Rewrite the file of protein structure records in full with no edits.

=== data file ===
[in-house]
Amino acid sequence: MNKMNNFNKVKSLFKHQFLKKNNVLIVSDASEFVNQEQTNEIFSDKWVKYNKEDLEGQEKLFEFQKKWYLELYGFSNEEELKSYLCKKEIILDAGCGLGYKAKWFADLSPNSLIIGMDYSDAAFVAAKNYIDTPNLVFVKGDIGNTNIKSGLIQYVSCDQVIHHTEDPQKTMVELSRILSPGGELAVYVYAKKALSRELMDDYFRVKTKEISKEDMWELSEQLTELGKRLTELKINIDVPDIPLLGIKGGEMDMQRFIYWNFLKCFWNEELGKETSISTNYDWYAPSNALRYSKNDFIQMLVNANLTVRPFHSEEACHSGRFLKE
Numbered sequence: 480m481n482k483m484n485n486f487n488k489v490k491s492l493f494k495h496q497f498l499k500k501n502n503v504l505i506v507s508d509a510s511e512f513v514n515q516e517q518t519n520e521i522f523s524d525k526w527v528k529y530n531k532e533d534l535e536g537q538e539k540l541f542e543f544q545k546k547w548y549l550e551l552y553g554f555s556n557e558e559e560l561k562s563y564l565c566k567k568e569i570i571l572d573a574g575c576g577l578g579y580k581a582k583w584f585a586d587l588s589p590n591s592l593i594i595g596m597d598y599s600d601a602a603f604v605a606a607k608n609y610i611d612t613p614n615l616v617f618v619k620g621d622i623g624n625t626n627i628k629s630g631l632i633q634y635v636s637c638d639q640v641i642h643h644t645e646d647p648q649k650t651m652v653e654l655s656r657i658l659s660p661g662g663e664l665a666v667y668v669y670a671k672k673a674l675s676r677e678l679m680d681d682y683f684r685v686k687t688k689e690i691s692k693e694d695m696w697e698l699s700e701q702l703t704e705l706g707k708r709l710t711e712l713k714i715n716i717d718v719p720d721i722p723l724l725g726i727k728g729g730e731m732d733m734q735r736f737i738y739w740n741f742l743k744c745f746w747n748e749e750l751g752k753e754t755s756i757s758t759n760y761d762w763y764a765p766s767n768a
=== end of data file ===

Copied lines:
[in-house]
Amino acid sequence: MNKMNNFNKVKSLFKHQFLKKNNVLIVSDASEFVNQEQTNEIFSDKWVKYNKEDLEGQEKLFEFQKKWYLELYGFSNEEELKSYLCKKEIILDAGCGLGYKAKWFADLSPNSLIIGMDYSDAAFVAAKNYIDTPNLVFVKGDIGNTNIKSGLIQYVSCDQVIHHTEDPQKTMVELSRILSPGGELAVYVYAKKALSRELMDDYFRVKTKEISKEDMWELSEQLTELGKRLTELKINIDVPDIPLLGIKGGEMDMQRFIYWNFLKCFWNEELGKETSISTNYDWYAPSNALRYSKNDFIQMLVNANLTVRPFHSEEACHSGRFLKE
Numbered sequence: 480m481n482k483m484n485n486f487n488k489v490k491s492l493f494k495h496q497f498l499k500k501n502n503v504l505i506v507s508d509a510s511e512f513v514n515q516e517q518t519n520e521i522f523s524d525k526w527v528k529y530n531k532e533d534l535e536g537q538e539k540l541f542e543f544q545k546k547w548y549l550e551l552y553g554f555s556n557e558e559e560l561k562s563y564l565c566k567k568e569i570i571l572d573a574g575c576g577l578g579y580k581a582k583w584f585a586d587l588s589p590n591s592l593i594i595g596m597d598y599s600d601a602a603f604v605a606a607k608n609y610i611d612t613p614n615l616v617f618v619k620g621d622i623g624n625t626n627i628k629s630g631l632i633q634y635v636s637c638d639q640v641i642h643h644t645e646d647p648q649k650t651m652v653e654l655s656r657i658l659s660p661g662g663e664l665a666v667y668v669y670a671k672k673a674l675s676r677e678l679m680d681d682y683f684r685v686k687t688k689e690i691s692k693e694d695m696w697e698l699s700e701q702l703t704e705l706g707k708r709l710t711e712l713k714i715n716i717d718v719p720d721i722p723l724l725g726i727k728g729g730e731m732d733m734q735r736f737i738y739w740n741f742l743k744c745f746w747n748e749e750l751g752k753e754t755s756i757s758t759n760y761d762w763y764a765p766s767n768a